A typical fireside chat at an event in October quickly turned into a firestorm after billionaire investment advisor Ken Fisher made crude remarks that have sparked a renewed discussion on the treatment of women in financial services.
In the weeks following the incident, industry leaders and many others have spoken out about such bad behavior, some $3.4 billion of Fisher Investment’s $115 billion of assets reportedly have flowed out, and a growing number of organizations are putting codes of conduct in place to prevent such behavior.
The industry seems to have reached a tipping point in gender issues, as news stories tied to the Fisher matter continue to dominate headlines and water-cooler conversations.
To best evaluate the prospects for meaningful change in the industry’s treatment of women, we spoke with business leaders and other participants and conducted an exclusive advisor poll on Fisher’s behavior and broader gender-related topics — the results of which are highlighted here.
First, What Happened
Fisher Investments’ founder and chair had made crude remarks before. But this time — on Oct. 8 at the Tiburon CEO Summit — was different.
Early the next day, conference attendee Alex Chalekian reacted to them in a video posted on Twitter, which quickly went viral. He described them as “a true debacle. It was horrible.
Things that were said by Ken Fisher were just absolutely horrifying.”
Chalekian, head of Lake Avenue Financial and RIA Integrated Partners’ practice acquisitions, said Fisher referred to “genitalia, … picking up a … girl, …. Jeffrey Epstein, … and [made] other inappropriate comments at the conference.”
He and others at the event were “disgusted by this, and many of the women expressed to me that this is why they don’t like coming to these conferences. It makes them very uncomfortable. And this obviously doesn’t help the situation.”
In the remarks, Fisher described prospecting for new clients like “going up to a girl in a bar … going up to a woman in a bar and saying, ‘Hey, I want to talk about what’s in your pants,’” according to an audio recording obtained by CNBC.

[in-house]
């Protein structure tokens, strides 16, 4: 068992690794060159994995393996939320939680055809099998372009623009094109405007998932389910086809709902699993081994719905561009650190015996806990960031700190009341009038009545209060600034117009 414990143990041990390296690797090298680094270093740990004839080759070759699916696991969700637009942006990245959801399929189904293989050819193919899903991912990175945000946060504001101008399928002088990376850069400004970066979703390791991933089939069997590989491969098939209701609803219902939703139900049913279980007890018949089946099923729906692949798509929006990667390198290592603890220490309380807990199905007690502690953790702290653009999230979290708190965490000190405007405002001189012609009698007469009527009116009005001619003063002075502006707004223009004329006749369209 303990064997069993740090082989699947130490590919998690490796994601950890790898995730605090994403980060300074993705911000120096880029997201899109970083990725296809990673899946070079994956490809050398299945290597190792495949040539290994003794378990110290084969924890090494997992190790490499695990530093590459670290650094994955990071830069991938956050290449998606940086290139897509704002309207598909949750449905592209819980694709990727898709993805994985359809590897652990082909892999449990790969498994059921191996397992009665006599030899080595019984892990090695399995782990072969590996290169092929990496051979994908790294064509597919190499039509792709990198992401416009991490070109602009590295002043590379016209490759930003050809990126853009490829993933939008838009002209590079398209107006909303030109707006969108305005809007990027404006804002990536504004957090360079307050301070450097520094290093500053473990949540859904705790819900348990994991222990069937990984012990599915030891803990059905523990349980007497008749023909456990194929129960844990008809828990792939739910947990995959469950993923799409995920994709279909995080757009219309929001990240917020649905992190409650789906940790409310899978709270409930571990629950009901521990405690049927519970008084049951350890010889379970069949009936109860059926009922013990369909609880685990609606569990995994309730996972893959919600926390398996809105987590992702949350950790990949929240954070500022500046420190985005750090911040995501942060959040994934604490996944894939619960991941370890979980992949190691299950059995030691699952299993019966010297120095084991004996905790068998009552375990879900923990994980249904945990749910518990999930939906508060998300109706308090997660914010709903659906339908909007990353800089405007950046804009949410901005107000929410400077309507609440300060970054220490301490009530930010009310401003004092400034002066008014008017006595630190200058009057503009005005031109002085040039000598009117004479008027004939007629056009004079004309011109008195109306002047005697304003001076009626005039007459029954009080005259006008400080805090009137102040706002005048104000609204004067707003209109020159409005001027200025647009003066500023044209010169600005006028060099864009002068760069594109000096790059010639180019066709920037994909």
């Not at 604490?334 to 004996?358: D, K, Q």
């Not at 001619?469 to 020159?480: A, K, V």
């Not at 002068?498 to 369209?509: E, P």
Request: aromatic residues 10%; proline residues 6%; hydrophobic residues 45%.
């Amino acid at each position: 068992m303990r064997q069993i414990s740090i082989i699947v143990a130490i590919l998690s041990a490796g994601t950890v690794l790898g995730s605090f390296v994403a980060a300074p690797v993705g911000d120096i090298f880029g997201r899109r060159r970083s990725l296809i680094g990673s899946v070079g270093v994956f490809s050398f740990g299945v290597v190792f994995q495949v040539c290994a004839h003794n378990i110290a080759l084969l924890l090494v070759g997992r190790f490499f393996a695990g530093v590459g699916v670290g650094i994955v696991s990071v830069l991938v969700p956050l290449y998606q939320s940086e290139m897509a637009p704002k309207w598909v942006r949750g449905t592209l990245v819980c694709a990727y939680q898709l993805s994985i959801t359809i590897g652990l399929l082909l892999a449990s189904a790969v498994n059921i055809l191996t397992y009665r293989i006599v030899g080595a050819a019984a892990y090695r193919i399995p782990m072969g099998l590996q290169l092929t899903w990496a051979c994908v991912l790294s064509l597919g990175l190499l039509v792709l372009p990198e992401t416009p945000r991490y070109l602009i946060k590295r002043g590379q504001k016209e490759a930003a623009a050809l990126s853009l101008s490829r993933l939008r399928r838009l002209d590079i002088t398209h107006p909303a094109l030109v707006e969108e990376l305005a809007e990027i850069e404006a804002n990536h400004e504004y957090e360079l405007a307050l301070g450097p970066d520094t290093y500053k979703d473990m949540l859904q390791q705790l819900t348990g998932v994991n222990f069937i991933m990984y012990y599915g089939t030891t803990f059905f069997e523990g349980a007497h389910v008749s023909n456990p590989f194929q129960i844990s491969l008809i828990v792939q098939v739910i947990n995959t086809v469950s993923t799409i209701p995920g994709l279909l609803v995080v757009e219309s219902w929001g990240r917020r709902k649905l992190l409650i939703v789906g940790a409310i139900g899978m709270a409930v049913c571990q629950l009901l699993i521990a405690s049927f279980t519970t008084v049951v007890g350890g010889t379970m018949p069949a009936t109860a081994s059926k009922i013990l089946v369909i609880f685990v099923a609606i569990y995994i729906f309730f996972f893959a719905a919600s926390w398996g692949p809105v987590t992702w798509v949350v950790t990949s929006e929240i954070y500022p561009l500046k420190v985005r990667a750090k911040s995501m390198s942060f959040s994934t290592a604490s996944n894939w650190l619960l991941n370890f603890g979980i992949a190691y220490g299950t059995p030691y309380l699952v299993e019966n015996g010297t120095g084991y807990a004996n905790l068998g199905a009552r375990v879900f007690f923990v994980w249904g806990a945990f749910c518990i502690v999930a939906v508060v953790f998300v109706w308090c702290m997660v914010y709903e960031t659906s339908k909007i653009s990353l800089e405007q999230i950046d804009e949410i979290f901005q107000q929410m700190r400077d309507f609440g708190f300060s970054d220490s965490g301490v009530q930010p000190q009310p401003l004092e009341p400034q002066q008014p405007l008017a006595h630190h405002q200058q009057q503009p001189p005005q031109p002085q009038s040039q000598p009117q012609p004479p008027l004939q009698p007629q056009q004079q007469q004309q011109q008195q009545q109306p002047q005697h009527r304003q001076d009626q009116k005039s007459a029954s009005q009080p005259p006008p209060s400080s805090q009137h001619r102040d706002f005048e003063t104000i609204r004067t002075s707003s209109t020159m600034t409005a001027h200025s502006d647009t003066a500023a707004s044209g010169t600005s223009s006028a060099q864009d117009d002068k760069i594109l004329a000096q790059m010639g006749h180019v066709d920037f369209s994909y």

Rachel Robasciotti, founder of wealth manager Robasciotti & Philipson, was one of less than 20 women among the 220 guests at the Oct. 9 event. “I sat in the audience stunned by what I was hearing,” she said in a blog post (and on television).
“When you are on stage, you’re there because others want to learn from you … ,” Robasciotti explained. “When your description of the world uses women as sexual objects and refers to employees as if they were cattle, it has an impact on real people in and outside of the room.”
Sonya Dreizler, founder of the impact-investing consulting firm Solutions With Sonya and another conference participant, also spoke out: “Since this content is not about business issues, I’m choosing to break [the event’s] code of privacy to confirm that the comments from the stage were indeed outrageous.”
Fisher also made crude statements at an event in 2018. “There were similar comments to what Alex [Chalekian] referenced about advances towards women and just some sexual comments that you could tell the audience was uncomfortable with. And there were comments afterwards about how they could not believe … what [Fisher said],” according to advisor Justin Castelli of RLS Wealth Management.
Equally unbelievable to some have been Fisher’s responses to the recent remarks. After seeing Chalekian’s video, Fisher first said in a statement: “While I said most of the words he cited, he wasn’t hearing the context of what I was communicating and seems to have misconstrued its essence — certainly misconstrued my intended meaning.”
He added: “The rest is just nonsense. … To the extent he or others in that large crowd were offended, I apologize most sincerely.”